Me, personally, I would still not be happy about sexism in superhero comics even if I didn’t read them, because I still have to live in a world with the boys (and then the men) who *do*. When I went to see “Sin City” and heard the men around me audibly enthusiastic for the rancid forms of masculinity and femininity expressed in the film, I was honestly a little scared. In other words, there’s a big difference between something that’s just not being marketed to you and something actively denigrates you (implicitly or explicitly). And I just don’t see the need for superhero comics to be sexist–because I don’t believe that men can only enjoy material that expresses an underlying contempt for half humanity. Call me a crazy old liberal optimist.

  3. Ragnell Says:

    I’ve found that most things that are aimed at women are not necessarily aimed at me. I’ve always had interests that match up better with what is aimed at men, at least until its so overtly aimed at men that it’s becoming exclusive to women.

    I don’t think all superhero comics are at the point, even in the wasteland of Nineties Art Hell. But I don’t see how anything can be gained by leaving them be as is, they do tend to slide towards exclusivity when they think it helps. I also don’t see futility in calling them out when they get complacent, because if the women who are already interested lose interest, we’re sliding into a segregation of the sexes here. In that situation, people like me who’s interests and abilites don’t conform to a strict gender-role environment suffer first.

    And I don’t think singling out men or women is good for anybody. We should be working in the opposite direction, integration of the sexes in every part of life, even little wierd side-streets like comic books. I don’t want to see “marketing for men” and “marketing for women” unless we’re talking physical hygiene. If I were to give up on superheroes, I imagine that would mean I’ve given up on comics altogether because sadly, I am one of those fans.

    For me, superhero comics are just a little part of the larger picture.

  4. Dave Carter Says:

    Based on the entries I’ve received from women for Free Comic Book Month–where I ask people to send in the names of five titles they enjoy–I’d have to say that women’s taste in comics varies just as much as men’s. Super-heroes, non-super-heroes, etc.

    Given a large enough sample, one might be able to say that women tend to prefer Comic X more that Comic Y, but you’ll still find women who don’t like Comic X, and women who read Comic Y. Any statistician will tell you that you cannot take a set of general trends and apply that to any one individual’s choice.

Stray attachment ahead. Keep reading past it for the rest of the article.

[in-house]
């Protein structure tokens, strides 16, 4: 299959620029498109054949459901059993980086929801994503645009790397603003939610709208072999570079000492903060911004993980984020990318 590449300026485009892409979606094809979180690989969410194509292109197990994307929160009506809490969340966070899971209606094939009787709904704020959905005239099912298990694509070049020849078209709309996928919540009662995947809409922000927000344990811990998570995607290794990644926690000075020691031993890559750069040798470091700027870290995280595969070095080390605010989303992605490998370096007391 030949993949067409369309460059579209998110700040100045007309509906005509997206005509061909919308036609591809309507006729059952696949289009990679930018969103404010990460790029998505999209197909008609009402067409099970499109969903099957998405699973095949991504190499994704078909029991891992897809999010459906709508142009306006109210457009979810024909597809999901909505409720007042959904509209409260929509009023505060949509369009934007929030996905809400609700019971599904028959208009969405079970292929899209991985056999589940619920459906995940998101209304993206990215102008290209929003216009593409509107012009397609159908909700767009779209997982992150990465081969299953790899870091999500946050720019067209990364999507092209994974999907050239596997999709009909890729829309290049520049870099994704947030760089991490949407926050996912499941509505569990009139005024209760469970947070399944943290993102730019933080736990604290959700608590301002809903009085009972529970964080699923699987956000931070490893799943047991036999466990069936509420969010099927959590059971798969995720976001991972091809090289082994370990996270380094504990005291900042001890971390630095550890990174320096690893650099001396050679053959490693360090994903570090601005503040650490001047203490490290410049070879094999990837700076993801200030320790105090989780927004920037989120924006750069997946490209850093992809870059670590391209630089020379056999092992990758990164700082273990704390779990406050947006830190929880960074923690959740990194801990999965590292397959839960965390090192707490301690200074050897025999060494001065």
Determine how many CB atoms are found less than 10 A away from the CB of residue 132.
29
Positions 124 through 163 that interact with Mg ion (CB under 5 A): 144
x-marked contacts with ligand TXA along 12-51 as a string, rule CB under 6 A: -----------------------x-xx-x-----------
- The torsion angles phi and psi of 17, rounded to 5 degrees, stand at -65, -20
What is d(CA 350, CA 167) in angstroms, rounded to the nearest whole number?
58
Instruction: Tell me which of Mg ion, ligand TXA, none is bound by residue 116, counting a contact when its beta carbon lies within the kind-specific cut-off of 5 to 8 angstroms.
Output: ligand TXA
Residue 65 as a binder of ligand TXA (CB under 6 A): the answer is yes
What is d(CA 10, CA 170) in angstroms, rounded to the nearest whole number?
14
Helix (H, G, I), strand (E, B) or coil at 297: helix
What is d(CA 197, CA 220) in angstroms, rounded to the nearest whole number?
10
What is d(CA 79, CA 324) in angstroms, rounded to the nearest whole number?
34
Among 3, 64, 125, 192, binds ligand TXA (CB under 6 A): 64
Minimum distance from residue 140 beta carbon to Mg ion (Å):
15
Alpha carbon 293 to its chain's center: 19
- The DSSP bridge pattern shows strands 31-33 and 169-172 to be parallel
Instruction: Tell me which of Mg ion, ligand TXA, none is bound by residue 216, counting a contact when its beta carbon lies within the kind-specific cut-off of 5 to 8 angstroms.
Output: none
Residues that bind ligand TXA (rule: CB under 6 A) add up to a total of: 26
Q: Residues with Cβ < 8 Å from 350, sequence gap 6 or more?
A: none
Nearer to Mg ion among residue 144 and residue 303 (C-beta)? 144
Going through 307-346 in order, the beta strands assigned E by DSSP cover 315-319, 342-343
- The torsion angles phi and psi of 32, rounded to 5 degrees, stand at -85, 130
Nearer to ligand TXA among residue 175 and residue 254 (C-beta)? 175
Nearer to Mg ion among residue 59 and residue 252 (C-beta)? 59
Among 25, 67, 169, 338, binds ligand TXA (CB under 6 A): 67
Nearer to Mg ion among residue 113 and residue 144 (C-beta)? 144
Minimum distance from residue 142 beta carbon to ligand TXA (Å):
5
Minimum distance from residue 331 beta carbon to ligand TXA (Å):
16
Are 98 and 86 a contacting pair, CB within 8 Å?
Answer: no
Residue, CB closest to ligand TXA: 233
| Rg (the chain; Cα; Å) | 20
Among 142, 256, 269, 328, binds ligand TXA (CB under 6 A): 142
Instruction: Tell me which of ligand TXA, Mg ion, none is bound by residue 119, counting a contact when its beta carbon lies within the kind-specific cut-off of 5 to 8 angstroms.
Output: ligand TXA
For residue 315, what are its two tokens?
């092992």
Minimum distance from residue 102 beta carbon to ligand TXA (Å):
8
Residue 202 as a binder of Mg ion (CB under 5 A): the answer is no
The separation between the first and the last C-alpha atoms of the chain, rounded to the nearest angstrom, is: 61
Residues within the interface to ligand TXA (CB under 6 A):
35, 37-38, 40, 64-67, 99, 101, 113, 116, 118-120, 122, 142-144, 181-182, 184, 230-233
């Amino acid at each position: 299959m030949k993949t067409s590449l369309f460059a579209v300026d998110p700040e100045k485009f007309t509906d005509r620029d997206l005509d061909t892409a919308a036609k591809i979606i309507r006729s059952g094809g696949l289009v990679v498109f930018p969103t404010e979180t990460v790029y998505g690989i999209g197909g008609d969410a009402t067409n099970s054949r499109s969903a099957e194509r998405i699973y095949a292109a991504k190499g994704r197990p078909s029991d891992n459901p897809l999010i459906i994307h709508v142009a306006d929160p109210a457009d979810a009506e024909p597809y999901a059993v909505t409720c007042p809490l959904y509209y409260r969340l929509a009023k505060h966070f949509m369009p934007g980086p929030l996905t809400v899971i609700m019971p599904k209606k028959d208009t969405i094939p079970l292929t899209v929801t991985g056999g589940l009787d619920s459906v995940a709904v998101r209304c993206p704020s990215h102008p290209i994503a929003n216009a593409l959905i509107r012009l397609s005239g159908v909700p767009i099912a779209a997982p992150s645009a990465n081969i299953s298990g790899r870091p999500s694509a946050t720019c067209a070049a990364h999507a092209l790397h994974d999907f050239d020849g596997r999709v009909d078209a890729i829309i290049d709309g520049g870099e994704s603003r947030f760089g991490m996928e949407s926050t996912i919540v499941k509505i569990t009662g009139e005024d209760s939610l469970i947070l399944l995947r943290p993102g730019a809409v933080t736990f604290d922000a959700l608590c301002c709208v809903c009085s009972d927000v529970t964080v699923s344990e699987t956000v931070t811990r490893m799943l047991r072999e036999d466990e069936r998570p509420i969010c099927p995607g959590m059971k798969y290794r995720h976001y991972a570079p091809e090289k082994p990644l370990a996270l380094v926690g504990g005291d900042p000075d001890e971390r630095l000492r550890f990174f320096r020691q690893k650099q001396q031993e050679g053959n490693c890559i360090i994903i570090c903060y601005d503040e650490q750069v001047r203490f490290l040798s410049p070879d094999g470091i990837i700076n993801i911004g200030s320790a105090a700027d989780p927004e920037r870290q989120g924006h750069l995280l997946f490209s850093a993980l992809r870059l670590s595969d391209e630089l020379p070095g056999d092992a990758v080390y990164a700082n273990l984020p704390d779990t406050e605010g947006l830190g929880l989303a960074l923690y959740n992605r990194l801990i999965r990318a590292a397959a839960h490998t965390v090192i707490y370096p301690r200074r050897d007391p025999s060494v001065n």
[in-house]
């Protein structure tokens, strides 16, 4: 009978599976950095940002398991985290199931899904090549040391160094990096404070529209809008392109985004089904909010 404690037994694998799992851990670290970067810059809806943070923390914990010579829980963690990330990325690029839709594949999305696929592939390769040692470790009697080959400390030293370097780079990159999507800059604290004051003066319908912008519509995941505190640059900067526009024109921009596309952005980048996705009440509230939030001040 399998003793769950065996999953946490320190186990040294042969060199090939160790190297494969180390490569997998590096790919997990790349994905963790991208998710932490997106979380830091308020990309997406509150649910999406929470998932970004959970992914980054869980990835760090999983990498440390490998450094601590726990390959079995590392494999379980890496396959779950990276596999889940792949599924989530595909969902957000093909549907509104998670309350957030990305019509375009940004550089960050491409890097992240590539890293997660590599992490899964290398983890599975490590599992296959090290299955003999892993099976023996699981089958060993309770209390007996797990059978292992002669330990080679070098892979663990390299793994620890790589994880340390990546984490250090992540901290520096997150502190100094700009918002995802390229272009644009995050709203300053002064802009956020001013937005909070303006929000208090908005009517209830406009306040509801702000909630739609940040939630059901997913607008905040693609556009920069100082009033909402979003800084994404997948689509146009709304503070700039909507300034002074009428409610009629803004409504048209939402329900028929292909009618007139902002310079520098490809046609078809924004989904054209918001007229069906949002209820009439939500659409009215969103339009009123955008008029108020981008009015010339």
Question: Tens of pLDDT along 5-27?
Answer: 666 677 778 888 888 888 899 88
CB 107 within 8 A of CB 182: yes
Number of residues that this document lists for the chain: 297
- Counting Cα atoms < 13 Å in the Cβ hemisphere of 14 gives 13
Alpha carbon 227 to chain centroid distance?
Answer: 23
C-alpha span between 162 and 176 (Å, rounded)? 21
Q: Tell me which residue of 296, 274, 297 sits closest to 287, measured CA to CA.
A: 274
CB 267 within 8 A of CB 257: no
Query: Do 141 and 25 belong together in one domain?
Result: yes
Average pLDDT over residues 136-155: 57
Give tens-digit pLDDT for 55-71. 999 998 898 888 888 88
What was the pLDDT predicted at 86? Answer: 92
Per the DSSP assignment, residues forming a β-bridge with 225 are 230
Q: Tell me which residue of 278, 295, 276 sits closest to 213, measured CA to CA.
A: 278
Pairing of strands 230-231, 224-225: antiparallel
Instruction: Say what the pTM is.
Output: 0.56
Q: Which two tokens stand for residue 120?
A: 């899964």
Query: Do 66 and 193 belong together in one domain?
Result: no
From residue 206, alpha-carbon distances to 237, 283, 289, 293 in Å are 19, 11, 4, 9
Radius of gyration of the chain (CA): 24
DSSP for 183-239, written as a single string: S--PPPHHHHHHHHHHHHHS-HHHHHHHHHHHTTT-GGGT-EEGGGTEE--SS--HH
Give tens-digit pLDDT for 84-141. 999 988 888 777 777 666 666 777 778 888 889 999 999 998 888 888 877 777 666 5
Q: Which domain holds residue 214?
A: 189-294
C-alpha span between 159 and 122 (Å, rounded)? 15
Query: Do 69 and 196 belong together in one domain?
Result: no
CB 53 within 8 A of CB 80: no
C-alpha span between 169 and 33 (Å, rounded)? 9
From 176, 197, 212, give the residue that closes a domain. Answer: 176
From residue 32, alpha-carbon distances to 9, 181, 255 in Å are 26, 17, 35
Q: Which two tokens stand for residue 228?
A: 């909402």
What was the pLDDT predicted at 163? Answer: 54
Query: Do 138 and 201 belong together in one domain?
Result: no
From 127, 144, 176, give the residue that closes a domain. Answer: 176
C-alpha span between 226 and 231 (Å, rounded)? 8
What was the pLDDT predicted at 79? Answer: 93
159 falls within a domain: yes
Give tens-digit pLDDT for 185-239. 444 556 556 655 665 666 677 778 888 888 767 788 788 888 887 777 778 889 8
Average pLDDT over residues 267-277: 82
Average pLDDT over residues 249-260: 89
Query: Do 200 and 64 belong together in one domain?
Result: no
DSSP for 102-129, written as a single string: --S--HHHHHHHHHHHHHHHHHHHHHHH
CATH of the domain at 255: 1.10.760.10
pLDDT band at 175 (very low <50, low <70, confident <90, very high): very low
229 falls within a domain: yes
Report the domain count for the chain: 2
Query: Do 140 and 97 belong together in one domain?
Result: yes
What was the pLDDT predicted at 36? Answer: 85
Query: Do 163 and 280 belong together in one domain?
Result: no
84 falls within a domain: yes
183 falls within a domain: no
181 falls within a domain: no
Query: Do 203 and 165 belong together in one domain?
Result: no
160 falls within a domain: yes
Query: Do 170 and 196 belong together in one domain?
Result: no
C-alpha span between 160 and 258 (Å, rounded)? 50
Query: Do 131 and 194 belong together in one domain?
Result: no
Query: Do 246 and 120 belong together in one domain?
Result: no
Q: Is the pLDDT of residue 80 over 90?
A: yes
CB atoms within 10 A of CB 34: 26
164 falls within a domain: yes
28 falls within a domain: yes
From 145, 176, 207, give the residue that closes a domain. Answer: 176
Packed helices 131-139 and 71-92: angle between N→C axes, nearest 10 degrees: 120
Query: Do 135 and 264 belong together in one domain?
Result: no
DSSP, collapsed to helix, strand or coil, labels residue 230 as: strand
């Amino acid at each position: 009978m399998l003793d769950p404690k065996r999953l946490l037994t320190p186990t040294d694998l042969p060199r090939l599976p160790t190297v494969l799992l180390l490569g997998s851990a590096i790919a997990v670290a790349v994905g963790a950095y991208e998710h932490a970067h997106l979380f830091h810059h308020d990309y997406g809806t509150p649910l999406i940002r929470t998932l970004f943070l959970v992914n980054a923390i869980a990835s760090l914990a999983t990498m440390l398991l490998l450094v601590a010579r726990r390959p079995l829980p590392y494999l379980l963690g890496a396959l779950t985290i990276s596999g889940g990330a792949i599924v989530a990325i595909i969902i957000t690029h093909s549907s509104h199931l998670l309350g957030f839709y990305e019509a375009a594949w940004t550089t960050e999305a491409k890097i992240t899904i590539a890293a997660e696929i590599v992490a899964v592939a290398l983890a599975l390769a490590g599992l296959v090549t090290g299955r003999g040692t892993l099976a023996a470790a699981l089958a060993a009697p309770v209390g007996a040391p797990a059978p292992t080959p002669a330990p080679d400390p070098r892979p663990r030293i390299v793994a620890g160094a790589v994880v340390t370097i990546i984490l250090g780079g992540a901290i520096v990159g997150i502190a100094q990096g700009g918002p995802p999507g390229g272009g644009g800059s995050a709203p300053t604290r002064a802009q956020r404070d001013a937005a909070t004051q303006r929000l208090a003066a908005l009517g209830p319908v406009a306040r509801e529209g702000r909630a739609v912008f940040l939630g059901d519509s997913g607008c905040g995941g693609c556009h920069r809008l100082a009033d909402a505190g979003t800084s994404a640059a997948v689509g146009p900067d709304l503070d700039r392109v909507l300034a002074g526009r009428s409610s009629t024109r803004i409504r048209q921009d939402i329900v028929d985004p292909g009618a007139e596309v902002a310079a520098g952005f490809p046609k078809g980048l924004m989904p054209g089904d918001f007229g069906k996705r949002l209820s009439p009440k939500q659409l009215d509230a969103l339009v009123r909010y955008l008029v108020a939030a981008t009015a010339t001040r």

(The same goes for men and their taste in comics too, of course…)

  5. Ragnell Says:

    Oh! And thanks for the link! I’m getting lots of hits off of you, and hopefully the other ladies are getting hits that way.

  6. Rachel Says:

    I stopped reading superhero comics back when Scott Campbell started only pencilling half of Gen 13. I wasn’t even thirteen myself! I can’t say I’ve ever had the urge to go back.

    What annoys me most is watching comics publishers attempt to spruce up ho-hum superhero stories that have been running for longer than most soap operas to give them a “gender positive spin.” Take those Mary Jane spin-offs of Spiderman. They are still about Spiderman. They are still boring to me, a young female reader. How many times can a comics company re-tell the same story? How many times can L’Oreal repackage “advanced aging treatments?” The answer: forever, because it wasn’t that good to begin with.

    I would like to see Marvel and Image and DC and whoever each put out ONE comic featuring a female character aged 14 to 34 that doesn’t feature super powers and keep that comic running for a full year.

    Hmm… I feel a rant coming on. I’ll quit while I’m ahead.

  7. David Oakes Says:

    Why should Marvel or DC publish any comic without superpowers, regardless of the gender of the protagonist? (Ignoring for the moment VERTIGO and books like FABLES and BOOKS OF FAERIE, under the assumption “Magic = Superpowers”.) They have put a lot of effort into creating a brand based on escapist power fantasies, so why should they throw that all away just to reach some apochryphal “female audience”. It would be like insisting that Harlequin start publishing Mack Bolan books to attract men, or TOR start a line of self-help books to get more women to read Gor.